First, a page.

One of the largest wooden buildings in the Nordic countries, now called the Royal Residence, was completed in 1778 and stretched all of 58 meters along Munkegaten. The cost of the building was 7400 spesiedaler, in today's money approximately NOK 78 million...

Cecilia Christine Schøller, widow of the Privy Councillor, paid for this out of her large capital base, estimated at around five barrels of gold. The widow and her in-laws ended up with about 140 rooms at their disposal. However, she did not have many years to enjoy the splendid interior of her new house before she left for Copenhagen, where she died in 1786. Her son-in-law, General Georg Fredrik von Krogh, organized the lively social activities here before the heirs sold the house to the state in 1800. Then the County Governor and the County Court moved in.

When Karl Johan was crowned in 1818, the Royal Residence served as the point of departure for the coronation procession to Nidaros Cathedral for the first time. The County Governor had to find a temporary home for his documents and dossiers. The coronation tradition in Trondheim was continued with the crowning of the Swedish-Norwegian regents Karl XV and Oscar II. The year after the union was dissolved - in 1906 - King Håkon VII was crowned, and the name "the Royal Residence" was taken into use. The County Governor now left the building for good.

This mansion was the splendid backdrop for the blessing of King Olav V in 1958 and King Harald V in 1991, for the city's millennium celebrations, and for the joint celebration of the sixtieth birthdays of the King and the Queen in 1997. The Royal Residence has the style and exquisite detail that make it a true wooden palace.

 

 

At Nidareid, by the narrow isthmus between the river and the fjord, lies Skansen, where the remnants of the city fortifications towards the west can be seen. Today this is a park with a beautiful view of the fjord.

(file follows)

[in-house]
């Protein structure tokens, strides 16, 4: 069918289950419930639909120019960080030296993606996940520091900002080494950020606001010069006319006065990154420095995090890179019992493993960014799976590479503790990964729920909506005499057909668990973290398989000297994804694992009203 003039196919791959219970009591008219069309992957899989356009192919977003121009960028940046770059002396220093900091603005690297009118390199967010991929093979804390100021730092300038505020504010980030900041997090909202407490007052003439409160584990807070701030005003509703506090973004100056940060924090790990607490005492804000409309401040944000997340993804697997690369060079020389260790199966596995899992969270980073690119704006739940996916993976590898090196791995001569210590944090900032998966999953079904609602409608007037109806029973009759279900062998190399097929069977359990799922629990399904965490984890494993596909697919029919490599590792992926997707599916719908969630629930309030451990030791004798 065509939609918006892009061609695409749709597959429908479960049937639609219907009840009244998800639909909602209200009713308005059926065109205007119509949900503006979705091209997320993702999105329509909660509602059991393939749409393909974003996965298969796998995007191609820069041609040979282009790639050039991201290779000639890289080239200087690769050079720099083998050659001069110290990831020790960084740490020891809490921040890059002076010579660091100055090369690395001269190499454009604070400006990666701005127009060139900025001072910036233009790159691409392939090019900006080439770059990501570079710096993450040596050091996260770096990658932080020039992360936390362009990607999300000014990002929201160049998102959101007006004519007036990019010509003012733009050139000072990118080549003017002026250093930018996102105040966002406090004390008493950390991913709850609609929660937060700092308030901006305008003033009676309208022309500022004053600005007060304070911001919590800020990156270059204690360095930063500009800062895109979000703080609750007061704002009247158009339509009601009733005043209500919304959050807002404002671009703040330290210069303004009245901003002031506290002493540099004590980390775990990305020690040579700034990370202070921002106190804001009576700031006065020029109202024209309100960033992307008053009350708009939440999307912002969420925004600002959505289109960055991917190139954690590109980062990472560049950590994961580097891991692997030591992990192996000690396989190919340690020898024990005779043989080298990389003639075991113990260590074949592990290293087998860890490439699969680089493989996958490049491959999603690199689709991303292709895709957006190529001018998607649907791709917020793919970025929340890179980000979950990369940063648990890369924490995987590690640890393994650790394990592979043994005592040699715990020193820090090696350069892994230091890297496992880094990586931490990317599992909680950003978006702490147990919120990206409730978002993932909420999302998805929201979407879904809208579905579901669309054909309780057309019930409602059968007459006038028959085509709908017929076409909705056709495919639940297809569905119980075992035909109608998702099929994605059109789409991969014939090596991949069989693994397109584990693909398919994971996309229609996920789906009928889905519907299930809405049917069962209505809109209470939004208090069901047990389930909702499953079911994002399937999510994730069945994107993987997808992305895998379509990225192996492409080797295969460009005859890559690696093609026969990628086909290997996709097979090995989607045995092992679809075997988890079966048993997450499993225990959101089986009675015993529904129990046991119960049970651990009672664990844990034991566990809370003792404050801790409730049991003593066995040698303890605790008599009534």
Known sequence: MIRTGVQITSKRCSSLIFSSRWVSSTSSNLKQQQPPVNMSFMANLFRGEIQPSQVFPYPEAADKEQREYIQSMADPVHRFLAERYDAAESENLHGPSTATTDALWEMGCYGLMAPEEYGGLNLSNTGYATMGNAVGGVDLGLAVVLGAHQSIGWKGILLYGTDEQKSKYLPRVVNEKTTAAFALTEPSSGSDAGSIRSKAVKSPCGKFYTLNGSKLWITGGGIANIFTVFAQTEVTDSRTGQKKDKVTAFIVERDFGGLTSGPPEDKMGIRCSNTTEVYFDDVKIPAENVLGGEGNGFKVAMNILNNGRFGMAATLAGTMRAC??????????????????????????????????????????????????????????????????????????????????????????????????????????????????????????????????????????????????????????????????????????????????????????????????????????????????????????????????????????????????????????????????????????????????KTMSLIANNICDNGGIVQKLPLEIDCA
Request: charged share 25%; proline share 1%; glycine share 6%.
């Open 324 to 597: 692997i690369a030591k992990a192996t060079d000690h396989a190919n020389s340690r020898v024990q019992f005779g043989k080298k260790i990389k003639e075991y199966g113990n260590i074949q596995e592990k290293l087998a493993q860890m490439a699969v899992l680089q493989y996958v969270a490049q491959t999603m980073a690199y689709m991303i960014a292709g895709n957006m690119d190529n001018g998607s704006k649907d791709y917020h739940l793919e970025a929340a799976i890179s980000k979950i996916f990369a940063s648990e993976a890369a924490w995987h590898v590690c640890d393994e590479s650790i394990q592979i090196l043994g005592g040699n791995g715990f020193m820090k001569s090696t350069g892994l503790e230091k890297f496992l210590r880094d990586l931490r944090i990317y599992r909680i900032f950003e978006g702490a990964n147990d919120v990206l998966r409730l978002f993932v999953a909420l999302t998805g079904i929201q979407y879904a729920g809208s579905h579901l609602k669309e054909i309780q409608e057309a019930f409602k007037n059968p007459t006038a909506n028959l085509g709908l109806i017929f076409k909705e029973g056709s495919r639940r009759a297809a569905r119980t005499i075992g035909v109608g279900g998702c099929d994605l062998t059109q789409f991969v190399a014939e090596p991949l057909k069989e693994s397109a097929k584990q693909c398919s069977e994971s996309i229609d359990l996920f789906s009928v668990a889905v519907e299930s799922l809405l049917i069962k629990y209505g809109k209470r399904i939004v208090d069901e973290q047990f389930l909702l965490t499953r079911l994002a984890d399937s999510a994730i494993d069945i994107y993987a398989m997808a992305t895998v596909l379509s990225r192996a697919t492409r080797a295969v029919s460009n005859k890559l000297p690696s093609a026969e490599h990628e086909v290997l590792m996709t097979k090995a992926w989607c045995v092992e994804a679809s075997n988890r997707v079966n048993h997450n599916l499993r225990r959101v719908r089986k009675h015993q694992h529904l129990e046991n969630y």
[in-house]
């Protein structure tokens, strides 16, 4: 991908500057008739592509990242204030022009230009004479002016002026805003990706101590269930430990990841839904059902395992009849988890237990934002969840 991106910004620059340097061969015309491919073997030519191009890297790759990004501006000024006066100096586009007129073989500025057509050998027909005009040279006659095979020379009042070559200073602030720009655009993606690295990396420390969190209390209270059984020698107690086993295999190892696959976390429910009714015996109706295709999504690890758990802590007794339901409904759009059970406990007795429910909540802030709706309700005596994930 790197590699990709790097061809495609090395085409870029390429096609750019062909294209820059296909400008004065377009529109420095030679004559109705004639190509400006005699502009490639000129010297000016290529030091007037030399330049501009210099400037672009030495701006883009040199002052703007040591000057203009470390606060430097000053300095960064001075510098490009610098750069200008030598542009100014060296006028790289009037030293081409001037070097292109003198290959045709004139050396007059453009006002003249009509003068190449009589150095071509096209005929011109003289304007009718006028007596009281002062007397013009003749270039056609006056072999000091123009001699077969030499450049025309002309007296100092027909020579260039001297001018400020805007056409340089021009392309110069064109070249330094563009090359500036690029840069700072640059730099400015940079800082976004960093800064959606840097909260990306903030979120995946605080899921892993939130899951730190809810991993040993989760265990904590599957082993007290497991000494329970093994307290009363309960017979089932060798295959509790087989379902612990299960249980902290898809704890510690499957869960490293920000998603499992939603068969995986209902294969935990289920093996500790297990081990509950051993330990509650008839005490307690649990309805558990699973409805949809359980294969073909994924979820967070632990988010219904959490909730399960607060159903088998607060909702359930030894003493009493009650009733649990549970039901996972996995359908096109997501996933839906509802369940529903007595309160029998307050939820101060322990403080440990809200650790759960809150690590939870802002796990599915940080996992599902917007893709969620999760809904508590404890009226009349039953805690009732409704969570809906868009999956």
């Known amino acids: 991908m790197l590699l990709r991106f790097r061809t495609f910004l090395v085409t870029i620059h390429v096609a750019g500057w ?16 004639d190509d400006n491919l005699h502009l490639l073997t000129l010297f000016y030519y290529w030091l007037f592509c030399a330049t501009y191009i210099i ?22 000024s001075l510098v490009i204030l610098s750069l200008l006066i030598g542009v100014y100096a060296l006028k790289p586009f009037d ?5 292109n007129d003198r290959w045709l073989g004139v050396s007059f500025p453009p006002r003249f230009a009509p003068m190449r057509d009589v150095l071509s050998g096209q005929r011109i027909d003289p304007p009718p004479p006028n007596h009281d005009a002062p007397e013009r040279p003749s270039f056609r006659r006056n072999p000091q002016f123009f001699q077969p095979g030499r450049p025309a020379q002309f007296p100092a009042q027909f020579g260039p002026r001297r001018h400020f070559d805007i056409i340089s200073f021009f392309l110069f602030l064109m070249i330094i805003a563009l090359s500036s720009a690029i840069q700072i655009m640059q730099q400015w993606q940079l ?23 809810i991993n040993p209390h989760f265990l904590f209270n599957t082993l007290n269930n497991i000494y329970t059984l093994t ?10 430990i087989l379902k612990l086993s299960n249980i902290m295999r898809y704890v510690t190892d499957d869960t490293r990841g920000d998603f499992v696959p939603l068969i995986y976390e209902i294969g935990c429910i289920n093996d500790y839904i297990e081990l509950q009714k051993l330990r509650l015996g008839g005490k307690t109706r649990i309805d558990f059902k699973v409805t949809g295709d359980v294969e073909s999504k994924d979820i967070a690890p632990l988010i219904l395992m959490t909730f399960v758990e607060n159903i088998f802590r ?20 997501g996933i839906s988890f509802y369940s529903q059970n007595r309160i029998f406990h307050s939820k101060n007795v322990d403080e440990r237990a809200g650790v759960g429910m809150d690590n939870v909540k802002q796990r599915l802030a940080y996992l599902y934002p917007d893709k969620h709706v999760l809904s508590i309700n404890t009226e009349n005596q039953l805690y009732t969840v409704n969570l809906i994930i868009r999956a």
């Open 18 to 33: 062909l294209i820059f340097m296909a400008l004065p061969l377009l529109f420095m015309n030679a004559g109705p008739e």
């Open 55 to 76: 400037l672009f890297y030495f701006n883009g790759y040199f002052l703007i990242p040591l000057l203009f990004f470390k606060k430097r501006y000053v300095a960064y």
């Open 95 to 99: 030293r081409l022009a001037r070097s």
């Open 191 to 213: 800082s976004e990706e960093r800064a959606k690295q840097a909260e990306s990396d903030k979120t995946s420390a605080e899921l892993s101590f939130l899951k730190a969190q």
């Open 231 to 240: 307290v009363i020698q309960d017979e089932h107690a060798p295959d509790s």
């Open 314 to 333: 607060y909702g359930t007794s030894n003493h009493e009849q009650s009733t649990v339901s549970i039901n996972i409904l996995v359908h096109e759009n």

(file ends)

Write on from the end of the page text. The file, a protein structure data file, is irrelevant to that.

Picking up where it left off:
An aerial view of Trondheim, shows that the Nid river forms a natural moat around the city centre (Midtbyen). In the sagas this was called Nidarneset - the Nidar headland. There is only one access road into the city centre and that is over Nidareid. There have been fortifications here since around 1170, originally a wooden fort with palisades. In the 1640s, fortified walls were added, the remains of which we can still see today. There was a city gate here from the Middle Ages right up until 1858.

 

 

Trondheim has a strong position as the centre of trade for central Norway. It has around 50 per cent of the regional retail trade and about 85 per cent of the wholesale trade, 85 per cent of imports and 65 per cent of exports. NTNU (the Norwegian University of Science and Technology), Trondheim's internationally renowned university, and the city's many research communities ensure that it is a city of innovation and development of science, business and industry ventures.  Trondheim is truly the nation's technological capital.

In 2006 Trondheim is home to around 157 000 inhabitants. But if we count the large number of students (every sixth inhabitant is a student) the population swells to 170 000. The students adds a youthful exuberance to this thousan-year old city. While it is not a large metropolis, Trondheim's location and opportunities put it on an equal footing with the major cities of Europe.

Trondheim has a rich cultural life with an international flavour. Every year at the end of July and start of August the city celebrates St. Olavs Festival, a popular church and cultural festival drawing crowds from near and far.

 

 

All info about Trondheim, and the photos, I found here:

http://www.trondheim.com/